During the recent enrollment cycle for the next academic year, Cal State East Bay recorded the largest increase in freshman applications of any of the 23 CSU campuses, and is in the top five for transfer students. Reductions in services for students and the institution of furloughs for staff and faculty have come at a time when Cal State East Bay is experiencing unprecedented interest among potential students.
Although CSUEB is at a point in its history where it has achieved a reputation as a first choice institution of distinction, at the same time we are constrained by the state’s economic downturn.
I am proud that we’ve become a major “destination campus,” and I know we are undaunted by the challenges ahead. We’re watching the application numbers closely. Nov. 30 was a cut-off date for applications to many CSU campuses for the Fall 2010 quarter, and we’ll stop accepting them after we reach a key target number that is fast approaching.
There is tremendous enthusiasm and interest in our region about Cal State East Bay. We had the privilege recently to make a short presentation at a Fremont Unified School District Board of Education meeting. I was very encouraged by the warm reception we received and their recognition of our achievements over the past several years.
Of course, this extraordinary interest in our “university of possibilities” comes during the continuing fiscal crisis for California. Last month, the CSU Board of Trustees approved a budget proposal for 2010-11 that asked the state to restore one-time cuts imposed in the current year totaling $305 million and another $296 million for mandatory cost and compensation increases and improvements in student services and instruction.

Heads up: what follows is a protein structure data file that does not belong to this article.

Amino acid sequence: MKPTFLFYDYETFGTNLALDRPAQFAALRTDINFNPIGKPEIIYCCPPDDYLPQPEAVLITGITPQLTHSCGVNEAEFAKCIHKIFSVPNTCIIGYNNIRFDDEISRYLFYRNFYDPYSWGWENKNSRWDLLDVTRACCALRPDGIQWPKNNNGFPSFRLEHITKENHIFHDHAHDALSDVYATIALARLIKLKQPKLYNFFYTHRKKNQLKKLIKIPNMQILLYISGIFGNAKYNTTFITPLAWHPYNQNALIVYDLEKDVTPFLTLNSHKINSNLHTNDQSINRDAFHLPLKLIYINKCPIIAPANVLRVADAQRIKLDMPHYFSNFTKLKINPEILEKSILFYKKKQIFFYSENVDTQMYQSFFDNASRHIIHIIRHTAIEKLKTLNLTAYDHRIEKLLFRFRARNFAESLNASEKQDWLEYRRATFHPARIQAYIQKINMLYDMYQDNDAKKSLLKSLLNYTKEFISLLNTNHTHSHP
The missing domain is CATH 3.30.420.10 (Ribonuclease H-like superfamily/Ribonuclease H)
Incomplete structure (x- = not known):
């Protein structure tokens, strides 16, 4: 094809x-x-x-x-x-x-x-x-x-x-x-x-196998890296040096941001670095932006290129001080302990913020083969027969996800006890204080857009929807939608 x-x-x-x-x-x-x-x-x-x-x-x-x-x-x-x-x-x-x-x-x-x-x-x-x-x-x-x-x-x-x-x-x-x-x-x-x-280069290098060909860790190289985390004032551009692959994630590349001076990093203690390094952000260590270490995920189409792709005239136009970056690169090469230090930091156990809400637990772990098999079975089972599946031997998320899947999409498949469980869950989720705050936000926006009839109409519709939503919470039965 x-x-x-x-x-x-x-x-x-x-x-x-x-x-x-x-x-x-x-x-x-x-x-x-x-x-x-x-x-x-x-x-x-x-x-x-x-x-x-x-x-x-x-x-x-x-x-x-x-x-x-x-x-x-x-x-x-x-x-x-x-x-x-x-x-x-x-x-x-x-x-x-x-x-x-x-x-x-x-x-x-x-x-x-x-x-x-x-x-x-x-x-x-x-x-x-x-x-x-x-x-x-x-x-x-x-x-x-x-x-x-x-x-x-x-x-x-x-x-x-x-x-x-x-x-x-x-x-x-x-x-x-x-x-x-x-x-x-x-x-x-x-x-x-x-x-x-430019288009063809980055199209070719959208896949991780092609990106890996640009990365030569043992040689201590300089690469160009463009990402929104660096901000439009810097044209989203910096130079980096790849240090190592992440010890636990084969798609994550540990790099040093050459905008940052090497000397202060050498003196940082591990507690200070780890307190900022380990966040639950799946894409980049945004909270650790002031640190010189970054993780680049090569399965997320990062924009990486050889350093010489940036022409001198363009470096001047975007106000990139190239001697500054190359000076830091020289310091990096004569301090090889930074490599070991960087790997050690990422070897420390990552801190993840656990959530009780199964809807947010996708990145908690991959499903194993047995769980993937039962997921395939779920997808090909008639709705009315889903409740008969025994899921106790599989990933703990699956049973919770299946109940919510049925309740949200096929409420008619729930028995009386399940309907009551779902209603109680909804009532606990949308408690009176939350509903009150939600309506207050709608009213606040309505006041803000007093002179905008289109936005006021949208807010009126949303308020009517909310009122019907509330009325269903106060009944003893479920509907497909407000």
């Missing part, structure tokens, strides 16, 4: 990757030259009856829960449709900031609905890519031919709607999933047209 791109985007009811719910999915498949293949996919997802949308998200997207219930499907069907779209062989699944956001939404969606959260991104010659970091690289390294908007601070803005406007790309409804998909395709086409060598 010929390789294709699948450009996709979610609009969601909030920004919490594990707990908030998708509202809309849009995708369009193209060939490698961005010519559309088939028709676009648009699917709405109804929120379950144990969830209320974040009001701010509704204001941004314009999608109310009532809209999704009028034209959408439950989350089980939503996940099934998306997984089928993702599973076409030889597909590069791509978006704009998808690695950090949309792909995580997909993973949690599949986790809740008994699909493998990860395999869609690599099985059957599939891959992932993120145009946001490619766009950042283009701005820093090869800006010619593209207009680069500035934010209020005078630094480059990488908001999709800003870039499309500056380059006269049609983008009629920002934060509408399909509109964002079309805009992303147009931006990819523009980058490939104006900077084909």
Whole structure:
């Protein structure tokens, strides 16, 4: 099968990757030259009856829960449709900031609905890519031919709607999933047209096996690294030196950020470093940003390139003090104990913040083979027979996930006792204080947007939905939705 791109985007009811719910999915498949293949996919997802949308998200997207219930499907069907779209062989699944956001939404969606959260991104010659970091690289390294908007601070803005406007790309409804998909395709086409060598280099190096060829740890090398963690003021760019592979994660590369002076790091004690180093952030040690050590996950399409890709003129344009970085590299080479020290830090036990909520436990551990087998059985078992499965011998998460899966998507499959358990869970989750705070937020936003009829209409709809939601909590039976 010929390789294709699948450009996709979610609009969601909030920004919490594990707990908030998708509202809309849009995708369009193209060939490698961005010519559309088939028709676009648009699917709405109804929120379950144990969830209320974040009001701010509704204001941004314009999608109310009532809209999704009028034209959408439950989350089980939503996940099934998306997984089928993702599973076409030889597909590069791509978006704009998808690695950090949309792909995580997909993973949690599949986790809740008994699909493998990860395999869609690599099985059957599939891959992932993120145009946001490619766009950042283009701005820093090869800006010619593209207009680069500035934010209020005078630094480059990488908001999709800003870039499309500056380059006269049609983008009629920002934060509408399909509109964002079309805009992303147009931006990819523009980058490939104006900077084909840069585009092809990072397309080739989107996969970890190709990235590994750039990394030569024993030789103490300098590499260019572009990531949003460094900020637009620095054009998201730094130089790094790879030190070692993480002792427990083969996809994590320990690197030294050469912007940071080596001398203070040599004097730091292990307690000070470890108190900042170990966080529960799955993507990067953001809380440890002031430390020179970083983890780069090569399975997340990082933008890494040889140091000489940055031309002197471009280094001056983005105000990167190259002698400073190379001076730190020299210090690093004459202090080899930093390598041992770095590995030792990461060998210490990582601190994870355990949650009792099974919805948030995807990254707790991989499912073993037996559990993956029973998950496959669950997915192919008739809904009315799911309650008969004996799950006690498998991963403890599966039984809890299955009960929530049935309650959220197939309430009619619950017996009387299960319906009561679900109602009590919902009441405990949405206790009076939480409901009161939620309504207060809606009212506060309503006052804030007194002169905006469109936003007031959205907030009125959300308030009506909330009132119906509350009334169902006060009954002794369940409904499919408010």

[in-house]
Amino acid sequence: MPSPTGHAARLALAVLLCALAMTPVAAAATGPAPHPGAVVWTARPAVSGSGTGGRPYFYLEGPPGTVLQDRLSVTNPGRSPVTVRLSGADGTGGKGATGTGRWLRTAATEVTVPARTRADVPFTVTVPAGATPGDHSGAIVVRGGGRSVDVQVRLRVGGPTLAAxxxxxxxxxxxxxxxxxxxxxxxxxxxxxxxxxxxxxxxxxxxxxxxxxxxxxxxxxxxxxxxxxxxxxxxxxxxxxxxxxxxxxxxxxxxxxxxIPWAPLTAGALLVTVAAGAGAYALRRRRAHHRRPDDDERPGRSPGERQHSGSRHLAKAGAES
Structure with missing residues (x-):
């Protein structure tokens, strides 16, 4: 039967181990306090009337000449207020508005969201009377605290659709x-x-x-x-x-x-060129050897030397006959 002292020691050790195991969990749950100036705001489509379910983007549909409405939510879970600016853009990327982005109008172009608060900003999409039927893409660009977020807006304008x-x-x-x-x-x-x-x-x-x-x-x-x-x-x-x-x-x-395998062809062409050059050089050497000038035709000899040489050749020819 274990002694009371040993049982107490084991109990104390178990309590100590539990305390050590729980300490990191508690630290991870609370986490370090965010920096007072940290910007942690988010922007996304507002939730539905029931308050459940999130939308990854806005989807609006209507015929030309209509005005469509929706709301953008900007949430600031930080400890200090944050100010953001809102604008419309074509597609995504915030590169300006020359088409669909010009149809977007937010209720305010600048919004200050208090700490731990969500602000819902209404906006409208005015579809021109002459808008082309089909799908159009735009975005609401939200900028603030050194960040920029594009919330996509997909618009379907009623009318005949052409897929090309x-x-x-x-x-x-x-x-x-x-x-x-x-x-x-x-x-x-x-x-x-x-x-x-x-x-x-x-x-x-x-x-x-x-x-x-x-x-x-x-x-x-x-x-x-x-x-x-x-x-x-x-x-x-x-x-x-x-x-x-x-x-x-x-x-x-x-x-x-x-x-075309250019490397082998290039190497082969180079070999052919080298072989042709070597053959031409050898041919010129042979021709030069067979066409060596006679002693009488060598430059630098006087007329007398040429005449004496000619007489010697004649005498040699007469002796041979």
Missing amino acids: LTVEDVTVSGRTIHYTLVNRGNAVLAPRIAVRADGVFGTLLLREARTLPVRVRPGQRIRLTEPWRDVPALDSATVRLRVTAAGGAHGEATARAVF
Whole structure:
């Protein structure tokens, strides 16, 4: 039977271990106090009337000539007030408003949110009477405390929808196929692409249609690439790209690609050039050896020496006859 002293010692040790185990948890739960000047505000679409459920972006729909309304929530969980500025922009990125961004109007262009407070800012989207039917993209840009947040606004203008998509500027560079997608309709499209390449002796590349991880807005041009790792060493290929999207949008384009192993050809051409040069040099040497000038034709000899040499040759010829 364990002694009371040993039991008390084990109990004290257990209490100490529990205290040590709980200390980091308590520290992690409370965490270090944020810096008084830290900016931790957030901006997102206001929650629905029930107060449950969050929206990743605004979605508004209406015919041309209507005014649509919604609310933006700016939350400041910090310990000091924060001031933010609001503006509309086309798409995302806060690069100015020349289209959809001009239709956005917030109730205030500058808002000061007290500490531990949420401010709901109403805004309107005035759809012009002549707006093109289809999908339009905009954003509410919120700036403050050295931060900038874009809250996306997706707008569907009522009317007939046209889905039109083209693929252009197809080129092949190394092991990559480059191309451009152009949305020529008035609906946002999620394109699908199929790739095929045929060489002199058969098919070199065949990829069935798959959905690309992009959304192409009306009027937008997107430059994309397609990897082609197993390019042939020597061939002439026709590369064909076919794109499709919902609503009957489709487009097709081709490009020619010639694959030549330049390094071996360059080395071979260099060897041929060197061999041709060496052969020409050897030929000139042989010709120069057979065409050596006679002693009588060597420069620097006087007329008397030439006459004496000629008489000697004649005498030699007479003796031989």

This amount includes an estimated $111 million needed to “buy out” a 10 percent student fee increase and calls for $283 million to fund collective bargaining agreements for the past two years.
I think it is imperative that we communicate with our legislators and the public regarding our challenges. State support for the CSU has fallen by $625 million over the last two years and Cal State East Bay, along with the 22 other campuses, has had to compensate by reducing enrollment, increasing student fees, cutting services, and furloughing employees.
As CSU Chancellor Charles Reed said, “The California Dream of a higher education is disappearing. We are grappling with the results of massive budget cuts and, unfortunately, have been faced with little choice but to raise student fees and decrease enrollment.”
In order to meet budget reductions, CSU campuses will reduce enrollment by 40,000 by next fall, including about 1,100 at CSUEB. This is despite the fact that this fall CSU campuses have already received more than 100,000 applications – a record.
We know from a recent poll by the Public Policy Institute of California that the public values higher education, but as Chancellor Reed pointed out, “you cannot continue to operate the largest public university system in the country and offer students a quality education when your budget is cut by 20 percent in one year.”
The CSU trustees adopted a proposed budget aimed at “recovering and reinvesting” funding in the system by the state. We can hope that our state’s leaders recognize the wisdom of that approach, but given that California’s economy is not yet showing signs of rebounding, we must continue to address the crisis at hand. I continue to meet regularly with individuals and committees addressing our budget situation and appreciate the comments and suggestions that have come in as a result of this monthly column in The View. I value the comments and appreciate the thoughtful suggestions.
As president, I am proud and fortunate to work with such dedicated faculty, staff, students, and administrators. Our work together to develop transformative solutions will continue to guide Cal State East Bay through this period of crisis and position us to be even stronger in the future.